The students jumped from their seats, grabbed their gear, and ran toward the facility’s indoor hard courts. Akli told the players to warm up and hit with a partner.
“Then we can go back and watch another set,” he said.
While the players hit forehands down the lines and cross-court backhands and forehands, Akli would occasionally check his phone, nestled in a basket of tennis balls, for the score of Tiafoe’s match.
He was pleased to see Tiafoe tied at 4-4 in the second set, adding that Tiafoe had trained to go deep in sets if necessary. “I like the way he’s holding right now,” Akli said. “He knows his fitness.”
Among the players who worked with Akli on Wednesday was Imani Jean, a 16-year-old who trains at the center full time. Imani starts her day at 7:30 a.m. for classes, tennis practice, fitness training, more tennis, and then more classes.
Imani, who wants to play tennis at a Division I university before becoming a professional, said that she is inspired knowing she trains on the same courts where Tiafoe practiced and lived.
“It definitely reassures me that I can get to that level,” she said.
Even on days when he’s not playing in a tournament or training at the facility, Tiafoe’s presence is all around the grounds of the J.T.C.C., with framed pictures from when he was younger and enlarged news articles on the walls of the facility. Inside the lobby hangs a framed letter, with Tiafoe writing what he would have wanted to tell Arthur Ashe, the tennis star who died in 1993, after winning the ATP Ashe Humanitarian Award in 2020.
“I know this is not just an award,” Tiafoe wrote. “It is a tremendous honor and a massive responsibility. I am not just that smiley kid on the rise anymore. I know I need to carry the torch and make a difference in the world.”
Tiafoe went on to write that he wanted to be an example to younger children and “paint a picture for them that they did not know was possible.”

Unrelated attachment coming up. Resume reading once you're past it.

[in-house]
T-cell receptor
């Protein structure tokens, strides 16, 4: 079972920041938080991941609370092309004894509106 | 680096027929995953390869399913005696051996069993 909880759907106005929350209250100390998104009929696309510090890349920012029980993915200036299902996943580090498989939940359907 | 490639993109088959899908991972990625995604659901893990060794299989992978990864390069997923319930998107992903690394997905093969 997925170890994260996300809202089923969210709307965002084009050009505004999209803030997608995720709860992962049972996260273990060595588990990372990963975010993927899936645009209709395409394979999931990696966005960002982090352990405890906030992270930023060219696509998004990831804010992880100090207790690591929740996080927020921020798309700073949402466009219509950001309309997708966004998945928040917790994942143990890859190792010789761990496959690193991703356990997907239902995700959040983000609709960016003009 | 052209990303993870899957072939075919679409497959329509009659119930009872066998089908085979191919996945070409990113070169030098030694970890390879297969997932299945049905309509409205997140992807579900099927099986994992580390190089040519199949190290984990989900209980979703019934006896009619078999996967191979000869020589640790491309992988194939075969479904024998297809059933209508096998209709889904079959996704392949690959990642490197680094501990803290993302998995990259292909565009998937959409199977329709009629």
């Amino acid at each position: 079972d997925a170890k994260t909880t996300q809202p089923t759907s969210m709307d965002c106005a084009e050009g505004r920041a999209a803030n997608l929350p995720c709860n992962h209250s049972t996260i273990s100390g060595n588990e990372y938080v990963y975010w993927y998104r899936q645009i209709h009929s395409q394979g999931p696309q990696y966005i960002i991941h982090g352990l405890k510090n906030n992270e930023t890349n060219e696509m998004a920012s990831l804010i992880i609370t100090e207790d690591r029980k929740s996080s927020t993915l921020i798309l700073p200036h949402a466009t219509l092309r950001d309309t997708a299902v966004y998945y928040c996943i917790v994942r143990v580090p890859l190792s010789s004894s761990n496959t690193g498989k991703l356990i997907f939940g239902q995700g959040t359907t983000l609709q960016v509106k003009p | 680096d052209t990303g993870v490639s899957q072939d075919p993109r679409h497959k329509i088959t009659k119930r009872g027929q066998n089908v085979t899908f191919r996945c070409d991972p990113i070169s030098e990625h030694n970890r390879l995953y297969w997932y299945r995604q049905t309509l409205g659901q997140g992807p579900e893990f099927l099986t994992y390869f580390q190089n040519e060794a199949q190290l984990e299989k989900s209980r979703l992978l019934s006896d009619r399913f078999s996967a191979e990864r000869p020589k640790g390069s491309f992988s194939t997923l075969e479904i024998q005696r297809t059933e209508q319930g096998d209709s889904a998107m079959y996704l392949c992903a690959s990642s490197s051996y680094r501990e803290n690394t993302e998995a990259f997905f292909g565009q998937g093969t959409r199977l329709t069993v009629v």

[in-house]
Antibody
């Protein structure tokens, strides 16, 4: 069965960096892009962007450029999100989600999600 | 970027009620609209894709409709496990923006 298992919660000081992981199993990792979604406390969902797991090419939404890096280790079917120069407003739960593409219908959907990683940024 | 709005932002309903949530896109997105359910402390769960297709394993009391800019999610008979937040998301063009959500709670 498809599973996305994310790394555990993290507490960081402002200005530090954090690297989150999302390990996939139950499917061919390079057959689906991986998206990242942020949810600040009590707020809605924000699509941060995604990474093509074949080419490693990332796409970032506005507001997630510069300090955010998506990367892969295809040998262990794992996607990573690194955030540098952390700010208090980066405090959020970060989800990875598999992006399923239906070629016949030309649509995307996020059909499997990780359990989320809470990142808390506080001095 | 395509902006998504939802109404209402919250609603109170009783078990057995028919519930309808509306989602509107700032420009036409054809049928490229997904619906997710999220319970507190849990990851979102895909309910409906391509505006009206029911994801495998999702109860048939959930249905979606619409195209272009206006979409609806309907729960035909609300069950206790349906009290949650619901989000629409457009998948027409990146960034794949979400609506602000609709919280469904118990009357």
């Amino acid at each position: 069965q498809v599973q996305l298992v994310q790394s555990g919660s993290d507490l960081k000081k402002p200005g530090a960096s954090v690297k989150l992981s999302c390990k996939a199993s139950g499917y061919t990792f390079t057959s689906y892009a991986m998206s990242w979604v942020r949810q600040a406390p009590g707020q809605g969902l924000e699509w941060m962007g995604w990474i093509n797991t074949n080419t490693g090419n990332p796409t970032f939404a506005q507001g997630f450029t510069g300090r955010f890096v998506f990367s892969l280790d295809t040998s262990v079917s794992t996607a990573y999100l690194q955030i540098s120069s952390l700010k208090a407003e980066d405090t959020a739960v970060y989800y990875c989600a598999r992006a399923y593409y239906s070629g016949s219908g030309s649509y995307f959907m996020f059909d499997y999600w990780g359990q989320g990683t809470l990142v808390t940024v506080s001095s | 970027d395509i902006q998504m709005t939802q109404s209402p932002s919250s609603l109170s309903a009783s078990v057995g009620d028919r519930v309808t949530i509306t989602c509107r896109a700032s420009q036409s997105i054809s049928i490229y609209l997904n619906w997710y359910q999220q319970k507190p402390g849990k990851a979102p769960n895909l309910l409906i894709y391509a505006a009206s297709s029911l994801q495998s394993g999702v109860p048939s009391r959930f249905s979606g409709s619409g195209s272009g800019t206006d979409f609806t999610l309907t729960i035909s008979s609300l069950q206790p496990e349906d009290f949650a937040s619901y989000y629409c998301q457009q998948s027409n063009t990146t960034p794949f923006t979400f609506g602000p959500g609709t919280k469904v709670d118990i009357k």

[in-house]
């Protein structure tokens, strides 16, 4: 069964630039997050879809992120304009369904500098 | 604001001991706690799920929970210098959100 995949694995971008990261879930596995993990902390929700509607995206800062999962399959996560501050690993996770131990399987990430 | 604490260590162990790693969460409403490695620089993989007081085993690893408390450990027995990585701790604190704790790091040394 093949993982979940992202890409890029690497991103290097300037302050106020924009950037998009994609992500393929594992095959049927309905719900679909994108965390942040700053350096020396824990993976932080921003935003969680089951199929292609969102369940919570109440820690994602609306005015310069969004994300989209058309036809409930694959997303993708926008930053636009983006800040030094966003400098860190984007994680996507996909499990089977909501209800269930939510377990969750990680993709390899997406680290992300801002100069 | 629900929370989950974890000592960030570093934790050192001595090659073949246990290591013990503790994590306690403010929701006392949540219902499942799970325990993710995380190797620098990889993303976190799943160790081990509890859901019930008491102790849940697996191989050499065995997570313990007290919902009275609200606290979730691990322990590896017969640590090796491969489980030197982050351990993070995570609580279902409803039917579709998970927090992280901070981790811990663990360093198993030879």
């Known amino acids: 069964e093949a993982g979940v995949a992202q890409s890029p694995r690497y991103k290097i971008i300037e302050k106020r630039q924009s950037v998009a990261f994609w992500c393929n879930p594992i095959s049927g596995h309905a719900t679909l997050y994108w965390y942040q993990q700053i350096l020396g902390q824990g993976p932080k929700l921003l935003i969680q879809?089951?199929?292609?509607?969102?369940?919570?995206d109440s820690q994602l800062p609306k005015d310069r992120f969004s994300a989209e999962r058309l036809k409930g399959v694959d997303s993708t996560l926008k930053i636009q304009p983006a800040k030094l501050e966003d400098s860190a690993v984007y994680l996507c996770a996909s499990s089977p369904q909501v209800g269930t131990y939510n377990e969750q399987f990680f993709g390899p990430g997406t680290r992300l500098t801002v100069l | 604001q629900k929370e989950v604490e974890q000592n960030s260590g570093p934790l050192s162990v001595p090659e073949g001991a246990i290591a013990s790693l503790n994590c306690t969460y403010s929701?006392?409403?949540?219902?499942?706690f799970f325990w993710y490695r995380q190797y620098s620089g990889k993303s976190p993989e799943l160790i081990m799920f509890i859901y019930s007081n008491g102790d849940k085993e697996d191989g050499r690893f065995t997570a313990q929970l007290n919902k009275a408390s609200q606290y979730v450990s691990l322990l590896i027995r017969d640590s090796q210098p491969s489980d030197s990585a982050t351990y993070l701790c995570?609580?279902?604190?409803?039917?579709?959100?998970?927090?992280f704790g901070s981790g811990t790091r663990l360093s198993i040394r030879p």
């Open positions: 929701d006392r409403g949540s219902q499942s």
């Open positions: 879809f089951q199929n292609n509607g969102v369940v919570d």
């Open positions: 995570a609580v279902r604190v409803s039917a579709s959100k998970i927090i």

“I want to help them make that a reality,” he wrote. “You showed so many of us the way, and now I want to pay it forward.”
‘He Knows Them All By Name’
Joe Wilkerson, a vice president of the center, said that when Tiafoe is there, he makes himself open and accessible to the young players.
“He knows them all by name,” Wilkerson said. “He’s very much available to everybody when they’re here. It’s probably sometimes to his own fault.”
Amari O’Brien, 16, who trains at the center full time, said she considers Tiafoe to be a friend.
“It’s just it’s kind of bizarre to think that he trained here,” Amari said, adding that she hopes that she can one day be in the same position as Tiafoe.
Amari came to practice at the J.T.C.C. for two weeks in 2019, and earned a scholarship to train full time. Her parents eventually moved to Maryland from Michigan to support her.
Wilkerson said that scholarships at the center help make tennis accessible to more people.
“That is our ultimate goal,” Wilkerson said. “If a kid shows the promise and the passion and the love and respect for the game, then we will make sure that we can fund them and get them through the program.”
It’s not just children and teenagers who come to the center. Charles Abety, 50, who lives in nearby Greenbelt, Md., started taking tennis lessons at the J.T.C.C. about four months ago.
“I wanted to have something that I could do that I love,” Abety said while watching Tiafoe’s match, adding that he’s “very much” inspired by Tiafoe.
After more training in the afternoon, the players returned to the watch party to see Tiafoe in the third set against Rublev. When Tiafoe won the set and clinched the match, advancing to the semifinals with an ace, the players, coaches, staff members, and parents of players at the center jumped to their feet and clapped.
“Let’s go, J.T.C.C.” Akli yelled.
But the applause and cheers were brief. The players didn’t stick around for Tiafoe’s post-match remarks on the court. They ran to grab their gear again. It was time to train.